The perception in the UK that a defined contribution pension (DC) plan is a ‘second best’ occupational pension has grown chiefly because of the low level of employer contributions.
Employers contribute significantly less to DC schemes than to defined benefit (DB) schemes. The National Association of Pension Funds (NAPF) annual survey of 37 DC schemes found that the long term average employer contribution cost for DB schemes was 15.45% compared with 6.4% for DC schemes.
Employer contributions may even be falling. A survey this year of over 450 employer-sponsored schemes by Mercer Human Resources found that contributions averaged 6% of salary, down from 6.3% in a previous survey two years ago.
This average conceals some wide variations in contribution levels. Employers in the banking and finance sector pay the highest contributions to DC plans, with an average of 8.1%. This compares with the food and drink, transport and publishing industries which contribute 4.4%, 4.6% and 4.9% respectively.
Employer contributions to stakeholder pension plans are even lower. The Association of British Insurers (ABI) collected information about 108,977 schemes, a third of the schemes designated in the period April 2001 to the end of June 2002, and found that only 9% of employers were making any contributions to stakeholder pension schemes on behalf of their employees.
Where contributions are made, they are likely to be small. The latest available figures from the Inland Revenue show that employers paid £20m (E31m) to 210,000 members of employer-sponsored schemes in the period between April 2001 and October 2001 This represents an average of £95 for each member over six months or £16 a month. With national average earnings of £23,500 this represents less than 1% of salary.
However, employer contribution levels to DC may be tell the whole story. A report by the Manufacturing Services and Finance (MSF) union ‘The crisis in occupational pensions’ warns that broad statistics about contribution levels are deceptive. Many new DC schemes that provide age-related contribution scales have a relatively young membership. So contributions are likely to be initially low. On the other hand, employer contribution rates to DB schemes may vary depending on whether schemes are in surplus or deficit.
MSF says survey figures may exaggerate the gap between contributions to the two types of plan. Employers with DC plans may be paying separately for life insurance benefits. They may also be paying into the State Earnings Related Pension Supplement (SERPS), which supplements the basic state pension. Only 6% of new DC schemes are contracted out of SERPS so the employer will be paying towards their employees’ overall pension through a higher National Insurance contribution.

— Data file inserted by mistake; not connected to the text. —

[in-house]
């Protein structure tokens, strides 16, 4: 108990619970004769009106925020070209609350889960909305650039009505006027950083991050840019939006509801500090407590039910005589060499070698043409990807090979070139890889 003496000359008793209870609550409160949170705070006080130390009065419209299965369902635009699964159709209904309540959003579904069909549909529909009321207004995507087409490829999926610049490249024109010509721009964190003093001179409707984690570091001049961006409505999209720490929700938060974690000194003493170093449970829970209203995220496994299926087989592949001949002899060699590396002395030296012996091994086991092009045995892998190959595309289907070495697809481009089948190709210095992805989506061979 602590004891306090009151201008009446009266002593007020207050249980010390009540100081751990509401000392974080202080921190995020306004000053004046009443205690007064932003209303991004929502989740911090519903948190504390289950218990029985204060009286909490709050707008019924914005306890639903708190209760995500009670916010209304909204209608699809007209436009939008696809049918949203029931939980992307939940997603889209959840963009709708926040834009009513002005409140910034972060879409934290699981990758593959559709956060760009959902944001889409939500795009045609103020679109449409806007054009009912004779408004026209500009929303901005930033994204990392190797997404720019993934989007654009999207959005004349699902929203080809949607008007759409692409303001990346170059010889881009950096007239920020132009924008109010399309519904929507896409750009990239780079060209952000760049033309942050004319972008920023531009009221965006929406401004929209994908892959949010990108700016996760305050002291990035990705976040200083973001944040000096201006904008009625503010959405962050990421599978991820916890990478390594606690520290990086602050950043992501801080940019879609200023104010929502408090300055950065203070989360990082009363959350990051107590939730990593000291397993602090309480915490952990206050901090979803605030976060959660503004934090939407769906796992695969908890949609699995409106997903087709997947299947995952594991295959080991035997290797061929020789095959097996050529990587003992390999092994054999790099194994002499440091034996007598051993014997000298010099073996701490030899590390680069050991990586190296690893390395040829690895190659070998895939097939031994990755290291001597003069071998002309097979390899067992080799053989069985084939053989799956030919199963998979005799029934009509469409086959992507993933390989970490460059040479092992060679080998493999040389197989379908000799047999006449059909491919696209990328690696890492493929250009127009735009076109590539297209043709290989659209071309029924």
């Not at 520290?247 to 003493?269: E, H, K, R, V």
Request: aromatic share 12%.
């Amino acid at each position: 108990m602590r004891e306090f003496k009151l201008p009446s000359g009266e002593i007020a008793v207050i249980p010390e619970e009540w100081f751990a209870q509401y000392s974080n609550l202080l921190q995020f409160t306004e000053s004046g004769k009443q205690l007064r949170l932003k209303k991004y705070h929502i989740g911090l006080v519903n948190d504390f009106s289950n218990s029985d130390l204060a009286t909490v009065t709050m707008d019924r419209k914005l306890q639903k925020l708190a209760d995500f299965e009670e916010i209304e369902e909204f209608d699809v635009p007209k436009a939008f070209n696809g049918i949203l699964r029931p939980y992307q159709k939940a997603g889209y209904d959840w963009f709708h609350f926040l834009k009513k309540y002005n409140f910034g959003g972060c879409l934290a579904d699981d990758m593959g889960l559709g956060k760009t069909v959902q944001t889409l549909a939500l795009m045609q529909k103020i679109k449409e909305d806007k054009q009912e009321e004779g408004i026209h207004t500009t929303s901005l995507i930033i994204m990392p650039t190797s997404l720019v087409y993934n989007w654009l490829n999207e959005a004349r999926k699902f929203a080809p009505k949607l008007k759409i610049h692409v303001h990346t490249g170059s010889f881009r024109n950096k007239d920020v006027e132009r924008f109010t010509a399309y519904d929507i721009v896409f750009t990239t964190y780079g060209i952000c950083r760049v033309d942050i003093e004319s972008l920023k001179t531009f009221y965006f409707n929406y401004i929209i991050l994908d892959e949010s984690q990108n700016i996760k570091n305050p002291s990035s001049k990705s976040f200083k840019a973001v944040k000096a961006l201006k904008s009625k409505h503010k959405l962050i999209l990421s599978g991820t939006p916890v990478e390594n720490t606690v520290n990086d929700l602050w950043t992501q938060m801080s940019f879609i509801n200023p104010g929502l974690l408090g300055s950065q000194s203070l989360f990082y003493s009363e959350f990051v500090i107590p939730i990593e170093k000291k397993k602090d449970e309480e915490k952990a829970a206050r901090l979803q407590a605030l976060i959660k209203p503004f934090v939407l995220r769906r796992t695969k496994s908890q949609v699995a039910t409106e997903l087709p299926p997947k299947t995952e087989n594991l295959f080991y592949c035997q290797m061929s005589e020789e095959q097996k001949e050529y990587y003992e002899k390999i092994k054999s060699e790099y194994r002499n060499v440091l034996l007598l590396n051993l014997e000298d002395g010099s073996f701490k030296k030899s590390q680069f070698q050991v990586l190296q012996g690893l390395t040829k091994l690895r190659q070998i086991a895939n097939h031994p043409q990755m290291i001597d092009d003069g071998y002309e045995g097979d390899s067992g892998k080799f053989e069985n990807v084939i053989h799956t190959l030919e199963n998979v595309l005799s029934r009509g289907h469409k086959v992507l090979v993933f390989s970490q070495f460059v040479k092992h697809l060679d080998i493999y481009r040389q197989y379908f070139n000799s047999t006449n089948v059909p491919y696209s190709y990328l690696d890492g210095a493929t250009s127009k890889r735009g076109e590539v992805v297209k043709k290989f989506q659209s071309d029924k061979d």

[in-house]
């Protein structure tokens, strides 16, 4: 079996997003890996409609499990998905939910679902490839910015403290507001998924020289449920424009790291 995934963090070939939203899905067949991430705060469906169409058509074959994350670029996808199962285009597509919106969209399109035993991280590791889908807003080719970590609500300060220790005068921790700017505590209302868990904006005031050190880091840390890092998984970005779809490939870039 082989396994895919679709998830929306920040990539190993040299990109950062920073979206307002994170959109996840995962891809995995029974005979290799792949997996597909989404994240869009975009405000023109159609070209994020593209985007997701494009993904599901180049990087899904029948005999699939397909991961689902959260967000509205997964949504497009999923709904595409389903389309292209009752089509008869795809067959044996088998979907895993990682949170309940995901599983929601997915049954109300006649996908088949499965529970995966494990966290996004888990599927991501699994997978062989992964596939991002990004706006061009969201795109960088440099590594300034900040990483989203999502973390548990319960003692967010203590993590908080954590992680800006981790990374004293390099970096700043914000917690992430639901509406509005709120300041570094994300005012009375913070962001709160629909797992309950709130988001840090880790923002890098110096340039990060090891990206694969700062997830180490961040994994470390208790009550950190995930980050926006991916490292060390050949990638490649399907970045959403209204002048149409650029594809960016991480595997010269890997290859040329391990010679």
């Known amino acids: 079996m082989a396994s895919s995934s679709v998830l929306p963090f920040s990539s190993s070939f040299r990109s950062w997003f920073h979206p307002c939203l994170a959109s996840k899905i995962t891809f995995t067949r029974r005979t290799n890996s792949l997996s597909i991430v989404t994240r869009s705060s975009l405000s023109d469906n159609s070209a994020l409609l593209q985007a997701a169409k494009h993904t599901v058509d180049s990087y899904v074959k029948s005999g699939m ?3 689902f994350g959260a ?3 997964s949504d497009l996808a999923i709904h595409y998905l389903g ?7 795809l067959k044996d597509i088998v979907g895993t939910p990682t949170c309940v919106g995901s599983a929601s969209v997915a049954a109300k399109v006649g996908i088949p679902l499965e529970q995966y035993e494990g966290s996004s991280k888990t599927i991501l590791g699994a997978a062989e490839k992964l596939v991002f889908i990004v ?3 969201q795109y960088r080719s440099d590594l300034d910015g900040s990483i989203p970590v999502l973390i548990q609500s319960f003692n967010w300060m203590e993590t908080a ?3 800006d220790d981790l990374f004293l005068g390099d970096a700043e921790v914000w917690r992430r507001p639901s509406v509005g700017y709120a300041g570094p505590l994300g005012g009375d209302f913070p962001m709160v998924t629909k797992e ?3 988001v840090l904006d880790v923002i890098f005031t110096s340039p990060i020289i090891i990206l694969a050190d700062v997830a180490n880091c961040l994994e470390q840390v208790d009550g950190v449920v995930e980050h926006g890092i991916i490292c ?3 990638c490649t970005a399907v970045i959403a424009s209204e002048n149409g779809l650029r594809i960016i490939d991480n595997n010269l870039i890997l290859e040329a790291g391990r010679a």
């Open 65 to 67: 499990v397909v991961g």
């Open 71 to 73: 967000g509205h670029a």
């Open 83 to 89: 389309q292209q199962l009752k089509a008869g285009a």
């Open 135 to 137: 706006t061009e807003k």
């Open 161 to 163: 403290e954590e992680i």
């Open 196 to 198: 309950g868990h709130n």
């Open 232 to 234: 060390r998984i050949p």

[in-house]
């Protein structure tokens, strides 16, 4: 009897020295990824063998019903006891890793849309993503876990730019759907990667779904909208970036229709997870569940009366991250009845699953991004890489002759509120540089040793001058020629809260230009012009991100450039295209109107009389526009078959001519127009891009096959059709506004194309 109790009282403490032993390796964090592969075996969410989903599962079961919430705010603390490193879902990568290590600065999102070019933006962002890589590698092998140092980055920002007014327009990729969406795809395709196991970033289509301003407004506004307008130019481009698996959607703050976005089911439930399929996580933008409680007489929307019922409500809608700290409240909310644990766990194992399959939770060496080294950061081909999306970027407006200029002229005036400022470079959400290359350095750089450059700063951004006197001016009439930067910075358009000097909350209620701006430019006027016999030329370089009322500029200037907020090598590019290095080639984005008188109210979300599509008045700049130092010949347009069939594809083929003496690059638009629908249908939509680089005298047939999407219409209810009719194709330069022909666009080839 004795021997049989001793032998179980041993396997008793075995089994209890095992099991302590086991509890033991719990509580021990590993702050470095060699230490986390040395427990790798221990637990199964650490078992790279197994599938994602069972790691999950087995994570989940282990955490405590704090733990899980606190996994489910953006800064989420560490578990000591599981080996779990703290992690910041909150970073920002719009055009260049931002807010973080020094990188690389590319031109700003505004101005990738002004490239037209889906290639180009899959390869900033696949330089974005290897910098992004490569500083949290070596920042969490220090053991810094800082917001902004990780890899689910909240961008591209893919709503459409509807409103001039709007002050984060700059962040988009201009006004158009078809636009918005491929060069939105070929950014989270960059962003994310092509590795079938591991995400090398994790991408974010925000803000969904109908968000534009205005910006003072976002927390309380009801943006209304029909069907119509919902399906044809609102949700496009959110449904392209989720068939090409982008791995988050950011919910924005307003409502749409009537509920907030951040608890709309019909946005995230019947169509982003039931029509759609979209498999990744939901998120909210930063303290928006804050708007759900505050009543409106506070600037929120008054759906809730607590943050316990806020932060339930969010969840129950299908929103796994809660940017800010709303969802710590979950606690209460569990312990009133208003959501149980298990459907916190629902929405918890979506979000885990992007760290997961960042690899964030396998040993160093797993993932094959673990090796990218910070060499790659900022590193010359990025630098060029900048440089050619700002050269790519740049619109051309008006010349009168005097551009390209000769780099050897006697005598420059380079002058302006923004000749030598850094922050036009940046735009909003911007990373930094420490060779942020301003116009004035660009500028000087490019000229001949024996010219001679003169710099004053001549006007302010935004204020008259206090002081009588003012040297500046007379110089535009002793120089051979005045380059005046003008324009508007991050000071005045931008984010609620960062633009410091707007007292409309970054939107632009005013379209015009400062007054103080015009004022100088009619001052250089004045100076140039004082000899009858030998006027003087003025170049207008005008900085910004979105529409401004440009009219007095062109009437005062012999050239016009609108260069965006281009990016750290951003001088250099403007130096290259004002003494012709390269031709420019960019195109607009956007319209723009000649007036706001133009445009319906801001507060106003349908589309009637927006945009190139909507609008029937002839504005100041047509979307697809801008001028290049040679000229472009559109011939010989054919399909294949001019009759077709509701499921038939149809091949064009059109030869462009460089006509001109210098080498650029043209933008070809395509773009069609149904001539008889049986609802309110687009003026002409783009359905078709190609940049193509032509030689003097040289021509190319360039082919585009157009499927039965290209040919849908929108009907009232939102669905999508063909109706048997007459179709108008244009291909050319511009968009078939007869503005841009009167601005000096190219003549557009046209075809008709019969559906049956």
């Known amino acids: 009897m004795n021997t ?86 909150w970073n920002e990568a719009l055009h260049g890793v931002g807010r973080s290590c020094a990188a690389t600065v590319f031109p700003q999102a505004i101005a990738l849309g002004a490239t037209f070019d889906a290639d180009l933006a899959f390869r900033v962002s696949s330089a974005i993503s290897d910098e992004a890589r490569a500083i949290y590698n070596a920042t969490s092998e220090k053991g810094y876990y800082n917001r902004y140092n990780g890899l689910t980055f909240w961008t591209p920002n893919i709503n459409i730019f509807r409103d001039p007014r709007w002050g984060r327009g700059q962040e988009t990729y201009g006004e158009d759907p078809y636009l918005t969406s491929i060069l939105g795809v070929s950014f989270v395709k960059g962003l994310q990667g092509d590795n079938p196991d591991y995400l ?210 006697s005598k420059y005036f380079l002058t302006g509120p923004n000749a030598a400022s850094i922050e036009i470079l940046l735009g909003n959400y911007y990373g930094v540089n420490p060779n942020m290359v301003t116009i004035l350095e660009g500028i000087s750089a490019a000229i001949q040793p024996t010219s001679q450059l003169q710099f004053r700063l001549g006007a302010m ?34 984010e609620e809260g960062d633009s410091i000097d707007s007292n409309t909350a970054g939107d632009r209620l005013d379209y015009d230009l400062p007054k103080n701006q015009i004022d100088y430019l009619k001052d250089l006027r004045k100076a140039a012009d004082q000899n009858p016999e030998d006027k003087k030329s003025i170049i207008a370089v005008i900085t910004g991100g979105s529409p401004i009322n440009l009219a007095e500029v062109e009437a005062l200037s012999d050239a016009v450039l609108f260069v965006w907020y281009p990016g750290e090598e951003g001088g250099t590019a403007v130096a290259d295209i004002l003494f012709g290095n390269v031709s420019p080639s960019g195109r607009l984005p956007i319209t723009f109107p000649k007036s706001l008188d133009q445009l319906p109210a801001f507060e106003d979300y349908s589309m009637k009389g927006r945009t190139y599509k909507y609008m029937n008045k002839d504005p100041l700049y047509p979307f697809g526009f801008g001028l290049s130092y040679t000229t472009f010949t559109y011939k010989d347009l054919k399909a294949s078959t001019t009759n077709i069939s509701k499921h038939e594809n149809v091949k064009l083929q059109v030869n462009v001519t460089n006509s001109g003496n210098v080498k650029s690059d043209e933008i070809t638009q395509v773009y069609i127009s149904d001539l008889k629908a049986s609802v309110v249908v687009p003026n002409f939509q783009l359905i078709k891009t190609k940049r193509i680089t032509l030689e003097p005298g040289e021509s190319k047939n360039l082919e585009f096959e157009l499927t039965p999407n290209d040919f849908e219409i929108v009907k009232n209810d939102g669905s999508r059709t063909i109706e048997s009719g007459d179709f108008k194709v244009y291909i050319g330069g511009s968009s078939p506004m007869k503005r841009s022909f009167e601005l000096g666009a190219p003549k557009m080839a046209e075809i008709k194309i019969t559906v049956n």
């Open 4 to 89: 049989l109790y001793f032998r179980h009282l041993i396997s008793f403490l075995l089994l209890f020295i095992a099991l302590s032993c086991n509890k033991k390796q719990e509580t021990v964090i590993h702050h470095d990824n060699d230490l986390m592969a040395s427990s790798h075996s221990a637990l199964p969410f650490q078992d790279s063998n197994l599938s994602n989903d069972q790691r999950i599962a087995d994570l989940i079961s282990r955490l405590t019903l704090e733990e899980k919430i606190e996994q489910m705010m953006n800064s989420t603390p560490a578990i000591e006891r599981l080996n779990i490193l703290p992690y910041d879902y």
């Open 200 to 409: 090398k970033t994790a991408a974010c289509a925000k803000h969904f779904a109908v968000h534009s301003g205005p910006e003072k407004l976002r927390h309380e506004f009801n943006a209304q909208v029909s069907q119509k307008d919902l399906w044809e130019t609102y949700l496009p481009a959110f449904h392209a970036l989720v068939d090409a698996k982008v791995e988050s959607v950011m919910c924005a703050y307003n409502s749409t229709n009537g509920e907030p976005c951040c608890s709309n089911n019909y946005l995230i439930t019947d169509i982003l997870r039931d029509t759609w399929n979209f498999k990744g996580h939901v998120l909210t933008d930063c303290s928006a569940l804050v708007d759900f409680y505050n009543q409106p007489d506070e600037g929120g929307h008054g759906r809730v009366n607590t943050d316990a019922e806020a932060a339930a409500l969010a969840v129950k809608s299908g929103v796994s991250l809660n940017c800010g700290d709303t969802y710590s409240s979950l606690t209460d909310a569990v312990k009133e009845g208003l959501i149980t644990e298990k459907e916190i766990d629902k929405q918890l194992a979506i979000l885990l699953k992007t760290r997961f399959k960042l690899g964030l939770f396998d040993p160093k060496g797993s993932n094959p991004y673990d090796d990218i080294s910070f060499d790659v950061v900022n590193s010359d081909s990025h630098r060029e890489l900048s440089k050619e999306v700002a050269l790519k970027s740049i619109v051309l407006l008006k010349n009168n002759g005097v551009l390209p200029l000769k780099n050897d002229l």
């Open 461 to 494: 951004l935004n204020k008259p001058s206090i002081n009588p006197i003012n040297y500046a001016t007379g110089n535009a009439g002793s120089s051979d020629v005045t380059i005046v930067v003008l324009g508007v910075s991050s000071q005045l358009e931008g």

However, although there is doubt about the size of the gap between DC and DB plans, there no doubt that it is widening, chiefly because of the fall in investment returns. The Association of Consulting Actuaries (ACA) Pensions Trends Survey 2002, a survey of 336 firms employing 1.8m people, shows that while employers with DB schemes increased their contributions by 14% to offset the effect of deteriorating investment returns, employers with DC schemes have done nothing.
The effect of this is to further devalue DC plans in the eyes of employees. A report on occupational pensions by the Trades Union Congress (TUC) published earlier this year it, commented: “Our primary concern is not the nature of DC plans as such but rather that many schemes are simply not good enough to provide a decent pension for employees – principally because contributions are too low.
“Given the much lower investments returns being achieved, together with the improvements in mortality, it is worrying – in terms of pension benefits emerging – that contributions into the range of money purchase DC arrangements generally are not rising to reflect these changed circumstances .
The TUC concludes that “the emerging pensions offered by money purchase arrangements at these average levels of contributions are likely to disappoint members”.
One solution may be to compel employers to pay more. This has some support from employers themselves. Two out of every three of the companies covered by the ACA survey said they would support the introduction over a number of years of minimum employers contributions – for example, 5% of earnings – into employer-sponsored schemes covering all employees.
Whether or not the government would support such an idea is uncertain. However, the introduction of Statutory Money Purchase Illustrations (SMPI) next April could raise awareness of the impact of low contributions on the pension pot. SMPI will enable people to see approximately how much their pension might buy after they retire, in terms of today’s prices.
Stewart Ritchie, chairman of the Faculty and Institute of Actuaries SMPI working party says: “For many people this will be new information and if it shows there is unlikely to be enough to retire on, it will act as a wake-up call to save more. We hope it will lead to people taking more interest in their pension.”
The net effect may be to raise levels of contribution by both employer and employee into DC pension plans.